Italy's Supreme Court rules neighbor's loud flushing is human rights violation
The ruling follows a nearly 20-year court battle
Italy's highest court has added the sound of a toilet flushing at night to a list of human rights violations that includes enslavement, torture and forced starvation.
The European nation's Supreme Court concluded a 19-year legal battle that began with a couple living in an apartment who had a neighbor with a toilet that apparently kept them awake through the night with "intolerable noises," according to the Il Giornale newspaper.
The court cited rulings by the European Court of Human Rights, quashing the rulings of lower courts that had ruled against the couple. At one point, an appeals court in Genoa investigated the issue and discovered that the four brothers who owned the toilet had placed the device's water tank inside of a nine-inch wall not far from the couple's headboard.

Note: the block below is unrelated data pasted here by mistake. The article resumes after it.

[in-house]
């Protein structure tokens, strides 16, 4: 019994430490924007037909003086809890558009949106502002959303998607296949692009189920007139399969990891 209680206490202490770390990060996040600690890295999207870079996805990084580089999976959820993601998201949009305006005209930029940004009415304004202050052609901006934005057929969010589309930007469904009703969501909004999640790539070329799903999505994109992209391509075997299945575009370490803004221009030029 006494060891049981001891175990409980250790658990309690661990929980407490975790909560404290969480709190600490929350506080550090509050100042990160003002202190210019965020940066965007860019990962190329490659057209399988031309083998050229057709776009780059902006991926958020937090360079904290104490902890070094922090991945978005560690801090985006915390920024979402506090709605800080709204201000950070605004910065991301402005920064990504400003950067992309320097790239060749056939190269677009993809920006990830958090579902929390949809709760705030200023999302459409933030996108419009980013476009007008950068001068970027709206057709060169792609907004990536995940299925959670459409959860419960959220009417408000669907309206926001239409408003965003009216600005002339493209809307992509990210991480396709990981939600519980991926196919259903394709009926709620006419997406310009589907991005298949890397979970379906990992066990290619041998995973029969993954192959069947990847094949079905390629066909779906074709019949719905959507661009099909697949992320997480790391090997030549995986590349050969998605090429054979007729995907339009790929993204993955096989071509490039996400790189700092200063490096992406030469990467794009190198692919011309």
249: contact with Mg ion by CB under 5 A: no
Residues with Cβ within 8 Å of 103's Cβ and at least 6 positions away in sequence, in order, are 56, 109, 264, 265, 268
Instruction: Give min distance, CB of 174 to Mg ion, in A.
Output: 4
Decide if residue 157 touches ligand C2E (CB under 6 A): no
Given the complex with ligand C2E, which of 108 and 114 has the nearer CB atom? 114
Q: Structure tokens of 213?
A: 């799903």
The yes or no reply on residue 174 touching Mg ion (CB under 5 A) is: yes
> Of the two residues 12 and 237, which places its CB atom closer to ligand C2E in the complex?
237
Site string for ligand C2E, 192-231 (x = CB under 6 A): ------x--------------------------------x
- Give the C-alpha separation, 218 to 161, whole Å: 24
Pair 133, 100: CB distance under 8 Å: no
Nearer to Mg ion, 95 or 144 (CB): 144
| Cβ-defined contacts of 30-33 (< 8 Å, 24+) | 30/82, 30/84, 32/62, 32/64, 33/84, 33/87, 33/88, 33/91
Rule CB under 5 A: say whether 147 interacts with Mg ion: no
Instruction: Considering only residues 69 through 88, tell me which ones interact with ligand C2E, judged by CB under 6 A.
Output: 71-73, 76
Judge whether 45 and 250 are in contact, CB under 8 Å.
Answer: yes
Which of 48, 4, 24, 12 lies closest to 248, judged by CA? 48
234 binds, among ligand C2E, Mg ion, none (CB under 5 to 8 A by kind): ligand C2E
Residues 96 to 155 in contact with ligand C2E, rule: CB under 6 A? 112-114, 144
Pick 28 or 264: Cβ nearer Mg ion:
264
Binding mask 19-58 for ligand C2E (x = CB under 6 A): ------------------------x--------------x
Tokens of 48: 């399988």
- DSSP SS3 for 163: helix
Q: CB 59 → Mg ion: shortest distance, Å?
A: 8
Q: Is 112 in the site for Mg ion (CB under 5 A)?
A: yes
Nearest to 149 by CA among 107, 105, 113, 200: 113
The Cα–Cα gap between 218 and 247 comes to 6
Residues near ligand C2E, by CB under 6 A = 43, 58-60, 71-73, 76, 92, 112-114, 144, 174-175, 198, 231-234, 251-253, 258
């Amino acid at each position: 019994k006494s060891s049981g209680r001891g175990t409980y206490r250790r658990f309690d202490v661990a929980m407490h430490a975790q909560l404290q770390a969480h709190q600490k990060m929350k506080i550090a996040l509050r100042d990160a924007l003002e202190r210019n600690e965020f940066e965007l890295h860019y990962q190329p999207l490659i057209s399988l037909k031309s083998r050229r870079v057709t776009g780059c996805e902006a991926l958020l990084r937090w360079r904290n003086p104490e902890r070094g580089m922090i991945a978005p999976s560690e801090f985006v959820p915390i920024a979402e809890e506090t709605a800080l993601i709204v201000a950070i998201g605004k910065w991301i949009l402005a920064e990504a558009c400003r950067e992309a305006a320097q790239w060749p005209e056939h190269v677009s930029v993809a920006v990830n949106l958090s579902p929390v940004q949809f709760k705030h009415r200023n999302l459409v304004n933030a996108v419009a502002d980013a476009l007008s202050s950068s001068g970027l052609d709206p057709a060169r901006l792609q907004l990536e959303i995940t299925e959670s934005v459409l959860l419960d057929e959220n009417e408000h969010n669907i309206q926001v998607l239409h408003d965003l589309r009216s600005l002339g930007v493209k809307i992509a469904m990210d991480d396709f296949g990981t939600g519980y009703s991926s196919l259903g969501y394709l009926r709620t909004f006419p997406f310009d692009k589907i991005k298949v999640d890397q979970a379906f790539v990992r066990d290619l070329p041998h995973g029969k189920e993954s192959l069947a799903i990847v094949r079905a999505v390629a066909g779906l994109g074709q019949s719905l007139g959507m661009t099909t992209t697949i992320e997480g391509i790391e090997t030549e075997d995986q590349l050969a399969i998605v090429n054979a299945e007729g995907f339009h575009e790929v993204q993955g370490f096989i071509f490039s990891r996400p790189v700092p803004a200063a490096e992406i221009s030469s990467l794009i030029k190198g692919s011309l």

According to the foreign news outlet, the appeals court ruled that the sound of flushing at night negatively impacted the quality of life of the couple, in addition to violating their right to the free exercise of daily habits as established by the European Convention on Human Rights.
The judge therefore ruled that the brothers would have to move their water tank and pay the couple about $565 for every year since the tank was installed – more than $10,000 in total. Following the ruling, the brothers asked Italy's Supreme Court to step in, but the high court also ruled against them.
The nearly two-decade neighborly dispute is not a rarity among the famously slow Italian courts.
According to the European Union's Justice Scoreboard, Italy has Europe's least efficient judicial process, with courts typically taking about a year and a half to reach an initial conclusion in a civil or commercial case, and often more than two years for a first appeal to be completed.
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